It's just a thought experiment, I am not advocating anything in this paragraph. My intuition initially was that getting some public benefits made workers more comfortable, so they would accept lower salaries. To check my intuition, I imagined extending the size of the benefit to extremes in both directions, from "zero" to "very large," simply to make the consequences more obvious. It's not a proof of anything, nor a recommendation of anything.
There are some good comments on the post, better than average internet quality, and they make me feel that the $20B calculation has too many assumptions to be very useful. We don't know how many workers make $10/hr; Walmart claims an average of $13.36. Many workers are overseas. We don't know how many are part-time. Noncash benefits are left out.
The comparison to Apple is a stretch, but even other retailers like Costco have very different profiles. Costco has far fewer employees, and far higher revenue per employee than Walmart. Perhaps satisfied employees work harder, or perhaps Walmart operates in different demographic areas with different shopping patterns.
It reminds me of an old conversation.
Say a Walmart wants to make a small expansion and has a budget of $30/hr for additional labor. What are the options?
Option 1 Hire Alice, Bob, and Charlie at $10/hr each. The Harvard comparison, claiming that there are many more applicants than open positions, suggests that this is what the unfeeling textbook would call oversupply. The market-clearing price is below $10/hr, so the textbook says to maximize market efficiency and ignore everything else Walmart should hire more people at a lower salary.
Option 2 But we can't ignore everything else. We want Walmart employees to be able to eat. So the alternative is to hire Alice and Bob at $15/hr each.
Question: What happens to Charlie?
In practice, Charlie fades away into the crowd of unemployed Walmart associate wannabes, and does the best he can with Plan B. Nobody blames Walmart for what happens to Charlie. But Walmart's decision to use Option 2 is what made Charlie switch to Plan B.
It's not obvious to me that two people making a living wage and one on the street is better than three people making less than a living wage.
I kinda lost hope in our ability to have a useful conversation that time you made a clear and plausible argument about charity, I responded, and you said I completely misunderstood your point.
Though your statement that "The world will be a tyrannical and biased place if aid is determined by the charity of individuals" makes more sense to me now.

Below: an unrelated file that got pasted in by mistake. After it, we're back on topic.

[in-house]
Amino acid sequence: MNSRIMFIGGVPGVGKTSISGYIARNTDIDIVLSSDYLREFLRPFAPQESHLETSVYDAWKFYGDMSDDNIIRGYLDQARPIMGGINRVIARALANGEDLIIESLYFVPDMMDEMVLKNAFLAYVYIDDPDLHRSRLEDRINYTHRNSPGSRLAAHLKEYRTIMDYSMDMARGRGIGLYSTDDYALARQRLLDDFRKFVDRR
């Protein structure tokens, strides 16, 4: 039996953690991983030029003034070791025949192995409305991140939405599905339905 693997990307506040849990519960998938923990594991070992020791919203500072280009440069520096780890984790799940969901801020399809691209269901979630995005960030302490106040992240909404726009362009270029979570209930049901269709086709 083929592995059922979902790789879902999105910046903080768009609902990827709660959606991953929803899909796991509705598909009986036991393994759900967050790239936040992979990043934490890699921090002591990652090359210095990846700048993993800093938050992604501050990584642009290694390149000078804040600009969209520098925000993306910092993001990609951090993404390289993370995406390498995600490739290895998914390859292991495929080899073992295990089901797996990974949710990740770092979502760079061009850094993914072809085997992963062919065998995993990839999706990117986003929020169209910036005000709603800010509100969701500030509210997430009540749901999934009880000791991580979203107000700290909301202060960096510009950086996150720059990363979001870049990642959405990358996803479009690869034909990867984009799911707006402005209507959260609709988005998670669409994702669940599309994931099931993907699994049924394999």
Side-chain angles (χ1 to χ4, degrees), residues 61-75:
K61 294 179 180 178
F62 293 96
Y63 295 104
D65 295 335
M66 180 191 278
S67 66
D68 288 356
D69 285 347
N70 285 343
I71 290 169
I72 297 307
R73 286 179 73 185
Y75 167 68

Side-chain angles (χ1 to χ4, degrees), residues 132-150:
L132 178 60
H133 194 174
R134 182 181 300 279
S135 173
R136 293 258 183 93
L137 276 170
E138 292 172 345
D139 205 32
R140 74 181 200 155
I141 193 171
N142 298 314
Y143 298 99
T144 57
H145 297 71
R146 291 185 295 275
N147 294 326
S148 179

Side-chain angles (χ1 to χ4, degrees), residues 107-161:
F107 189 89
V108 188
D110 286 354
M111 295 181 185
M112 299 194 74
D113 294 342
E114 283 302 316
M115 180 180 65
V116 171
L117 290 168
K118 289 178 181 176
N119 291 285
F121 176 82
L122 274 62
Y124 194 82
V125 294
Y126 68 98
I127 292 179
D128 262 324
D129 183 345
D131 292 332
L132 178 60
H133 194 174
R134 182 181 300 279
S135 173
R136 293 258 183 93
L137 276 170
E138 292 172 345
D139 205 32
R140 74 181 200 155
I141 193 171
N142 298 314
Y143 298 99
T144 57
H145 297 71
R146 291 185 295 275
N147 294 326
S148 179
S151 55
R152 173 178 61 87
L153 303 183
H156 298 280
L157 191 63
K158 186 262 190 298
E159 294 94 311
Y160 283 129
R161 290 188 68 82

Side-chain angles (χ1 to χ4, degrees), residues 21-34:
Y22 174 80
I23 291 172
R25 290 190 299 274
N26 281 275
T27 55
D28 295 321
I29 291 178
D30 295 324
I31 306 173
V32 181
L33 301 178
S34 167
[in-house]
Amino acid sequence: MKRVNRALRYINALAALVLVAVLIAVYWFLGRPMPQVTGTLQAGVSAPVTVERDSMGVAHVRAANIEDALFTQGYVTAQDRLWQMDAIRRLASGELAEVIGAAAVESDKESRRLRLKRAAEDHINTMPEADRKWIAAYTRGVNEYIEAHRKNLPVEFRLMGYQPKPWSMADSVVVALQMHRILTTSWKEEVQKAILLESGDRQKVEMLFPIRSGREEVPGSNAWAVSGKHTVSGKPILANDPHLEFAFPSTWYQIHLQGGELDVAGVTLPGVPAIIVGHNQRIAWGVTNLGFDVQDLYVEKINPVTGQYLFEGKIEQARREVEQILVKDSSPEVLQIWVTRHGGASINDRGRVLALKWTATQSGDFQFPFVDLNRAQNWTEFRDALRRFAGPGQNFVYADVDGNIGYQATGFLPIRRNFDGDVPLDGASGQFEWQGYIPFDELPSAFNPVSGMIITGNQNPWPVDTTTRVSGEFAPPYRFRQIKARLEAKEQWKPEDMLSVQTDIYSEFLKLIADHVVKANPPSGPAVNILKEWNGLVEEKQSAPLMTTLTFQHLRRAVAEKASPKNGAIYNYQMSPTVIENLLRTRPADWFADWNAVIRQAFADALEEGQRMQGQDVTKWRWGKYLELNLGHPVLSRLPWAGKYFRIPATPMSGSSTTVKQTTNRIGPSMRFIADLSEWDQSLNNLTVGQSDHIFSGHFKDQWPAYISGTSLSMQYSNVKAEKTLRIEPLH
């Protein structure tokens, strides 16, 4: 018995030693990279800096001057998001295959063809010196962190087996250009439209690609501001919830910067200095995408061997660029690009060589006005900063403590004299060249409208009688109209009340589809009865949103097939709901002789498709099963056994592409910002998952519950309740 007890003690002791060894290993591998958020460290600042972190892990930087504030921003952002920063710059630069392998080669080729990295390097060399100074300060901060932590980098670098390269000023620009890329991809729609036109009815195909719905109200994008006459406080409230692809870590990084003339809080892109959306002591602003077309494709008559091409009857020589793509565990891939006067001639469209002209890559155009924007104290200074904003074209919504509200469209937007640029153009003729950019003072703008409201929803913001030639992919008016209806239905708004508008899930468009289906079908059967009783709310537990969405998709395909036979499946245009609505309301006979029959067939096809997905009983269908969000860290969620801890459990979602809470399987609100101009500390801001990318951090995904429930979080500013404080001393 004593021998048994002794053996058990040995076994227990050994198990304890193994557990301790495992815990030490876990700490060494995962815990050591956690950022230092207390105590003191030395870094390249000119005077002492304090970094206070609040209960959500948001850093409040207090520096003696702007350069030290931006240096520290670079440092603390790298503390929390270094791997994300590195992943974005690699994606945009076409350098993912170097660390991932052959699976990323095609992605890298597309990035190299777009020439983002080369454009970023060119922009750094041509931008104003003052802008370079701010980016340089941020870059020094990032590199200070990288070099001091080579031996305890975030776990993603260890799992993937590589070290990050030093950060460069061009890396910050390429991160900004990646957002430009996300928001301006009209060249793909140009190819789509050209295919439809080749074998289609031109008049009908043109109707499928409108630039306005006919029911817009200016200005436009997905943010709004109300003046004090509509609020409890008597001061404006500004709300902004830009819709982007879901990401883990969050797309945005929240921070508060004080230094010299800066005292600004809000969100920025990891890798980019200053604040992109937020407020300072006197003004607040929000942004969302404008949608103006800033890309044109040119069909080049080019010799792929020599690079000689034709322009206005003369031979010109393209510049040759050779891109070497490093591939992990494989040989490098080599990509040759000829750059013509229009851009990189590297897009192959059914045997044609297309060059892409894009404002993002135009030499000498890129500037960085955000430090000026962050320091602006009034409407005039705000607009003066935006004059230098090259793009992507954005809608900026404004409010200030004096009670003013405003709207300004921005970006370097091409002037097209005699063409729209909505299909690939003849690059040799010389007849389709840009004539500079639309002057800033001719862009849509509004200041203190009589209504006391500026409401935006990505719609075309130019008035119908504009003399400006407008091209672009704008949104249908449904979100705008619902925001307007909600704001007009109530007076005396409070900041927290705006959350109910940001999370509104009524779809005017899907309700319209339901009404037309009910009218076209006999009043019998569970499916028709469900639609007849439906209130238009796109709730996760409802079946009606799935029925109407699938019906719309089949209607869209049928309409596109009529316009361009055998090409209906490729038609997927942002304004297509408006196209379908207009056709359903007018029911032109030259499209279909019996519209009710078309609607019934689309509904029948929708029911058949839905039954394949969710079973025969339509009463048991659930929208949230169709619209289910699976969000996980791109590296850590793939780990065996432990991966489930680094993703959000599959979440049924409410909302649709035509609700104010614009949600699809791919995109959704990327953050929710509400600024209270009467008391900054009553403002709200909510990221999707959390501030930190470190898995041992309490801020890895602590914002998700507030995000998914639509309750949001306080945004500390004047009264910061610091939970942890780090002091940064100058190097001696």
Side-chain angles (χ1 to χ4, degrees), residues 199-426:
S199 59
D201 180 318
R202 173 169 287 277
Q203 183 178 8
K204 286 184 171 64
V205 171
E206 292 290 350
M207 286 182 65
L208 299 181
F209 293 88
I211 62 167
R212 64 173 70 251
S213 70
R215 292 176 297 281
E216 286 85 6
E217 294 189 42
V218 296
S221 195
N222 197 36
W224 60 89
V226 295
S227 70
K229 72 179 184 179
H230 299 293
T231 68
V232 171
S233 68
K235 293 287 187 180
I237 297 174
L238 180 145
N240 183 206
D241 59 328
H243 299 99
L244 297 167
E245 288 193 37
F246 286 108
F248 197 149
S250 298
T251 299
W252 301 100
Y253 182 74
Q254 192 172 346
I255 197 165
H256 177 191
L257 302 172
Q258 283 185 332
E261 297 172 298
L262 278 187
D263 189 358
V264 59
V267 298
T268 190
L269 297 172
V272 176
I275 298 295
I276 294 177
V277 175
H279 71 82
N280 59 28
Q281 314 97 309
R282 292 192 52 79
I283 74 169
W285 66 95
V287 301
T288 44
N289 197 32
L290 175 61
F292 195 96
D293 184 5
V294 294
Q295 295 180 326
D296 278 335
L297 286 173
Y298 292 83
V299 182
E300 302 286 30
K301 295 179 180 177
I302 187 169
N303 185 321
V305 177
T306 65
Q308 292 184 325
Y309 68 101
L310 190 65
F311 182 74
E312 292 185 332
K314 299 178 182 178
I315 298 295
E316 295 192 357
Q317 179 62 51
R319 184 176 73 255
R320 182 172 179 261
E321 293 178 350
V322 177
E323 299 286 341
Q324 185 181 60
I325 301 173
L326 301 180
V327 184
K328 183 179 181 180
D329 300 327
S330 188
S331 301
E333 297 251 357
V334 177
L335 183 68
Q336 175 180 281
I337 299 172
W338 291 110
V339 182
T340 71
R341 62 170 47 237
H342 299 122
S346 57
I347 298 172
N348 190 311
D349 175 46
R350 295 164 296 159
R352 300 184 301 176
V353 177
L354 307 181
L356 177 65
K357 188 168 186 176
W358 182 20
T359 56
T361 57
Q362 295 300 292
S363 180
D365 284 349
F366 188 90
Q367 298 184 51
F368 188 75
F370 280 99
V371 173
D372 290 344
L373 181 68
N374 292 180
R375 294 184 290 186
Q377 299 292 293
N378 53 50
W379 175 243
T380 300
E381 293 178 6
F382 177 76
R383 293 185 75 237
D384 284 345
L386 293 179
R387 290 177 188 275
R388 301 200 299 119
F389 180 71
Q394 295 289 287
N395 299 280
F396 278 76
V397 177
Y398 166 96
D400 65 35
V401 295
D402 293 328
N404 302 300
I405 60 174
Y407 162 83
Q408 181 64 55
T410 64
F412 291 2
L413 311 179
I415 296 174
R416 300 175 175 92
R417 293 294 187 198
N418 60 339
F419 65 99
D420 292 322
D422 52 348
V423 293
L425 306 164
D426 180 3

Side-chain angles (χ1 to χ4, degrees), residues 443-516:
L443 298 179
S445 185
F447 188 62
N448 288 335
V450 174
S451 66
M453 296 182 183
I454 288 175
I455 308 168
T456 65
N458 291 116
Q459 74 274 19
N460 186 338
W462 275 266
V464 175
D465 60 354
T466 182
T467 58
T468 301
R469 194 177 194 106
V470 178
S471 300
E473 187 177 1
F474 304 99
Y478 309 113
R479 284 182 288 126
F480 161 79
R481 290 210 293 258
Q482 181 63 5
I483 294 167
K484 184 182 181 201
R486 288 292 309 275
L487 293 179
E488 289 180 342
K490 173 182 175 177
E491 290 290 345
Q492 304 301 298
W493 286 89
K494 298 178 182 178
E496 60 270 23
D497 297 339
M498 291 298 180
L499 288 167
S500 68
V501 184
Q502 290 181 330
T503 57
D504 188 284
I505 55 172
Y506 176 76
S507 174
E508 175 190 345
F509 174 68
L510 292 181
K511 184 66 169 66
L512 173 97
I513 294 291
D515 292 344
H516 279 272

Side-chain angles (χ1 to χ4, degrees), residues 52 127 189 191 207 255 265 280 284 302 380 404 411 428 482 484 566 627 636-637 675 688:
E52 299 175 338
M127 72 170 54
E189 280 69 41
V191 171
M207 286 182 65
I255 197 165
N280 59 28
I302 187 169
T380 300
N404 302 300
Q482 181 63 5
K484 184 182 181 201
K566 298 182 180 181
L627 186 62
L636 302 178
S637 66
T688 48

- For once and for all, why do you think that's a good thing?
I don't think it's a good thing. I think it's a true thing.
Thanks for jumping in!
- If you don't have choices you are almost always stuck with AT&T or Verizon and bitching at those two is practically a meme now.
Not everyone complains, but those who do are more noticeable. Just about everyone has choices, even in the countryside satellite and mobile hotspot options are available.
My idea of improving the situation is to give the ISPs more freedom to innovate and compete, rather than putting restrictions on them.
I don't follow the logic saying that since we are unsatisfied with a small number of big players giving mediocre service, let's have one huge player provide all the service -- and make it the player that gets 20% positive reviews.
- I get my internet connection from the one provider (please read about its history, it's actually relevant) available in the area.
Two of the six paragraphs in that history are complaints!
- According to Eurostat, OECD and others, Internet access in Poland is among the most expensive in Europe. This is mostly caused by the lack of competitiveness and lack of know-how. New operators like Dialog and GTS Energis are making their own provider lines and offer more attractive and cheaper service. In February 2011, the Polish Office of Electronic Communication issued an order forcing the TPSA to rent 51% of their ADSL lines to other ISPs at 60% discount of their market pricing. As the result the prices are non-competitive, other ISP charge as TPSA making a guaranteed 40% profit, while TPSA has no incentive to lower its consumer prices, because it would result in lowering of wholesale prices as well.
You make "a good ISP" singular, as if one product at one price point can satisfy all customers. Only a fifth of internet users subscribe to Netflix. 13% of Americans don't go online at all.
Telephone service is a utility, and there is a huge variety of offerings.
Water is a utility, and I know of only one kind of water, but you still get more when you pay more.
- Step 2: Offer prices too low for any local competitor to meet.
Do you agree that this one, specific effect, lower prices when Walmart comes to town, is good for the locals?
- Step 3: Employ all the competitor's laid-off workers at 1/2 their previous pay scale.
General Merchandise Stores pay nonsupervisory employees an average of $12.72 per hour. Do you have a source for the 1/2 pay scale?
- Step 4: Point out that if they can't live off the Walmart wages, that the Gummint will support them.
One of the most interesting things I learned from Hubski, if I am not mistaken, is that government welfare programs put upward pressure on wages.
I don't think this is a widespread view, but I believe it is true. If there are no public benefits, workers will have to make do with whatever salary they can get. Additional public benefits make them somewhat more comfortable, so they can be somewhat more choosy about employment, and if they receive sufficiently generous public benefits, they might choose not to work at all, unless they were offered a very high salary to make it worth their while.
Or: imagine you receive a large inheritance. Now you don't need salary as much as you did before. Are you now willing to do the same job for less salary? Or are you more likely to quit, unless the boss offers a big raise to keep you around?
Suppose everything in the video is true. ISPs fix prices by colluding. There's not enough competition.
How does the FCC placing restrictions on what ISPs can offer improve competition?